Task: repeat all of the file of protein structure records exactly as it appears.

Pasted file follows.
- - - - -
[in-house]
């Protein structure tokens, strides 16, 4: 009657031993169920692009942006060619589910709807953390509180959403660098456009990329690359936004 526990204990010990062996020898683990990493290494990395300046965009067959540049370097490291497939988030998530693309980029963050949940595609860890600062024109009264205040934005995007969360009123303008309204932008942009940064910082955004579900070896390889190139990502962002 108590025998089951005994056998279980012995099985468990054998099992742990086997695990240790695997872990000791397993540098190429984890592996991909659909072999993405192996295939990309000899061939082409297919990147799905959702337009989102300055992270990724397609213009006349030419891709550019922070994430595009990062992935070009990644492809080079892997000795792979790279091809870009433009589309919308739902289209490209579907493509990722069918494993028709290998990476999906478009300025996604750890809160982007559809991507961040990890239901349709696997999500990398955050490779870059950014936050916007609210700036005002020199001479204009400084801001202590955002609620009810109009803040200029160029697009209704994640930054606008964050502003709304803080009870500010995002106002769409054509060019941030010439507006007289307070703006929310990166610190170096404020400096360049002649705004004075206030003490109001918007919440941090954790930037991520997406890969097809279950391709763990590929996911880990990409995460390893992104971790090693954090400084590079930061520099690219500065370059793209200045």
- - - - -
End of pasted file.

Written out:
[in-house]
């Protein structure tokens, strides 16, 4: 009657031993169920692009942006060619589910709807953390509180959403660098456009990329690359936004 526990204990010990062996020898683990990493290494990395300046965009067959540049370097490291497939988030998530693309980029963050949940595609860890600062024109009264205040934005995007969360009123303008309204932008942009940064910082955004579900070896390889190139990502962002 108590025998089951005994056998279980012995099985468990054998099992742990086997695990240790695997872990000791397993540098190429984890592996991909659909072999993405192996295939990309000899061939082409297919990147799905959702337009989102300055992270990724397609213009006349030419891709550019922070994430595009990062992935070009990644492809080079892997000795792979790279091809870009433009589309919308739902289209490209579907493509990722069918494993028709290998990476999906478009300025996604750890809160982007559809991507961040990890239901349709696997999500990398955050490779870059950014936050916007609210700036005002020199001479204009400084801001202590955002609620009810109009803040200029160029697009209704994640930054606008964050502003709304803080009870500010995002106002769409054509060019941030010439507006007289307070703006929310990166610190170096404020400096360049002649705004004075206030003490109001918007919440941090954790930037991520997406890969097809279950391709763990590929996911880990990409995460390893992104971790090693954090400084590079930061520099690219500065370059793209200045």